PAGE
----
It is critical to clearly distinguish patients with functional dyspepsia (FD) from those with GP and to better understand the relationship among alterations in specific symptoms, GE, and altered peripheral and central sensory responses to gastric stimuli . A similar situation may occur in a misguided attempt to improve gastric health by using the ubiquitously prescribed proton pump inhibitors, H2 receptor antagonists, and sucralfate or aluminum hydroxide-based antacids. These drugs are a cause of delayed gastric emptying. Such “therapeutic adventures”, akin to a pyromaniac leading a firefighting operation, may harm rather than improve diabetic gastroparesis. A combination of acid-suppressing and prokinetic drugs is indicated only if dyspepsia and gastroparesis co-exist with each other . Vagal dysfunction has also been postulated to play a role in DGP. When food is ingested and gastric accommodation is impaired, patients may experience symptoms such as early satiation, fullness and discomfort. Animal and human data suggest that vagal neuropathy can lead to reduction in pyloric relaxation, impaired antral contraction and disturbed antro-pyloric coordination .
GP has also been associated with bronchiectasis, aspiration and chronic rejection. GI bleeding secondary to severe refractory esophagitis with an eventual necessity for surgery has also been reported . Most patients respond to conservative treatment with frequent small meals and an upright eating position, in combination with motility agents, such as oral erythromycin analogs, metoclopramide, and domperidone (the last of these is not FDA approved in the US) . Metoclopramide and domperidone, a D2 dopamine receptor antagonist, are the most widely used but only metoclopramide is FDA approved in the US while domperidone is available in Europe, Canada, Mexico, and New Zealand. Metoclopramide also carries a significant risk of extrapyramidal adverse effects, including tardive dyskinesia when taken longer than 12 wk. Other groups of medication, such as 5-HT3 receptor antagonists, phenothiazines, and muscarinic cholinergic receptor antagonist, have been used off-label for symptomatic relieve but they do not have effect of gastric motility. While medications and dietary modification are the first line treatment, approximately 30% of patients do not respond to conservative management.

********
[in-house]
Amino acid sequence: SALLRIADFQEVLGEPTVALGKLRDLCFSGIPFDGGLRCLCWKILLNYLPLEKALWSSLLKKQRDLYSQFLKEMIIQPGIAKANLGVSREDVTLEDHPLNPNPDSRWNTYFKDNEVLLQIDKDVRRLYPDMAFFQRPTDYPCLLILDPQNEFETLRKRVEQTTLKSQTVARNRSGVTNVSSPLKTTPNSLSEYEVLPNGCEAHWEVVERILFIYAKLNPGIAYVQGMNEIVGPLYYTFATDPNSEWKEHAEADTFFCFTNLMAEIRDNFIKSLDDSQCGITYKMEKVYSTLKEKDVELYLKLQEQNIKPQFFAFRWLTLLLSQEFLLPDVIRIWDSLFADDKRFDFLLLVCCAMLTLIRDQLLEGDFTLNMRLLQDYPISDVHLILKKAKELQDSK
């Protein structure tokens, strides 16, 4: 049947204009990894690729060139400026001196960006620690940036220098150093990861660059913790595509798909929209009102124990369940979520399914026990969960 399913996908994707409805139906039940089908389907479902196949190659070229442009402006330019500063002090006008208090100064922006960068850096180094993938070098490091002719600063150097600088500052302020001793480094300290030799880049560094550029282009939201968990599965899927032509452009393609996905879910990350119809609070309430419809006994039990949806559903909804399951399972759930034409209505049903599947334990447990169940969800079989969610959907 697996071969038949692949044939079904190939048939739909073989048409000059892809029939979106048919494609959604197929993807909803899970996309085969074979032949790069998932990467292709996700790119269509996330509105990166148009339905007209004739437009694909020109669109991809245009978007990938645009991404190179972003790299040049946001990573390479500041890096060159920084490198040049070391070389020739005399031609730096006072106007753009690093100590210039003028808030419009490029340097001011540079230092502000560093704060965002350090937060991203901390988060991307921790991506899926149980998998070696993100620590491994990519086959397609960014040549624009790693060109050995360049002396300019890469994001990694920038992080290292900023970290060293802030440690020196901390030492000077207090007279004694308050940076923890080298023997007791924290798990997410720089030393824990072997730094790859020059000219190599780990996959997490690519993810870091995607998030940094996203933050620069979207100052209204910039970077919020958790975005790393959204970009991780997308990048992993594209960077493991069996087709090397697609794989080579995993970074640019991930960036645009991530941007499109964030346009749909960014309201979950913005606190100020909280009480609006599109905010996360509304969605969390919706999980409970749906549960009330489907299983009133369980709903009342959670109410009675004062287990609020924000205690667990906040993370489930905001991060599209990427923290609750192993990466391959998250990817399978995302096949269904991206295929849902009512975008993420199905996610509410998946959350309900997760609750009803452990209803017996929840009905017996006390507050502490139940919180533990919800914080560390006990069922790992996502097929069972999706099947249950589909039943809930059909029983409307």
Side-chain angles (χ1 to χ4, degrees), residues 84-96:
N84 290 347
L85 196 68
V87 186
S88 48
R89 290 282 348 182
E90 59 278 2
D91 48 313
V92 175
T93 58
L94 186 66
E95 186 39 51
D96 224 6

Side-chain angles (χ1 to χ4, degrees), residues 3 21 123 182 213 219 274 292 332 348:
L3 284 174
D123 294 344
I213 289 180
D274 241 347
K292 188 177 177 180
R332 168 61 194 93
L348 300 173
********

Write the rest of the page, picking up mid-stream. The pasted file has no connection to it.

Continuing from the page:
These limitations of medical therapy highlight the need for an alternate therapeutic option . Traditional therapy for delayed gastric emptying has focused on supportive treatment, and there is no significant effective therapy. Low-energy shock wave can increase gastric contraction and emptying by activating axonal regeneration and increasing myenteric plexus, but not related with motility peptides [3,21]. Gastric electrical stimulation (GES) (Enterra, Medtronics, Inc.) was approved by FDA in 2000 as a Humanitarian Use Device for patients with refractory diabetic or idiopathic gastroparesis. On the other hand, high-frequency stimulation (HFS) has no effect on gastric emptying but is able to significantly reduce symptoms of nausea and vomiting in gastroparetic patients. . Compared to the use of single point electrodes, the use of two low-resolution electrodes allows recording gastric electrical wave propagation with greater detail. Low resolution recording appears to be superior to single point recordings, while awaiting practical high-resolution recordings .
Abell et al. concluded that electrical stimulation improves symptoms and physiology with (a) an early and sustained antiemetic effect; (b) an early and durable gastric prokinetic effect in delayed emptying patients; (c) an early anti-arrhythmic effect that continues over time; (d) a late autonomic effect; (e) a late hormonal effect; (f) an early anti-inflammatory effect that persists; and (g) an early and sustained improvement in health-related quality of life . GES improved symptoms in 75% of patients with 43% being at least moderately improved. Nausea, loss of appetite, and early satiety responded the best . Advances to better understand the pathophysiology and management of diabetic gastroparesis have been limited, especially with discordance between symptoms and severity of delay in gastric emptying. Established treatment options are limited; however, recent pharmacologic and surgical interventions show promise .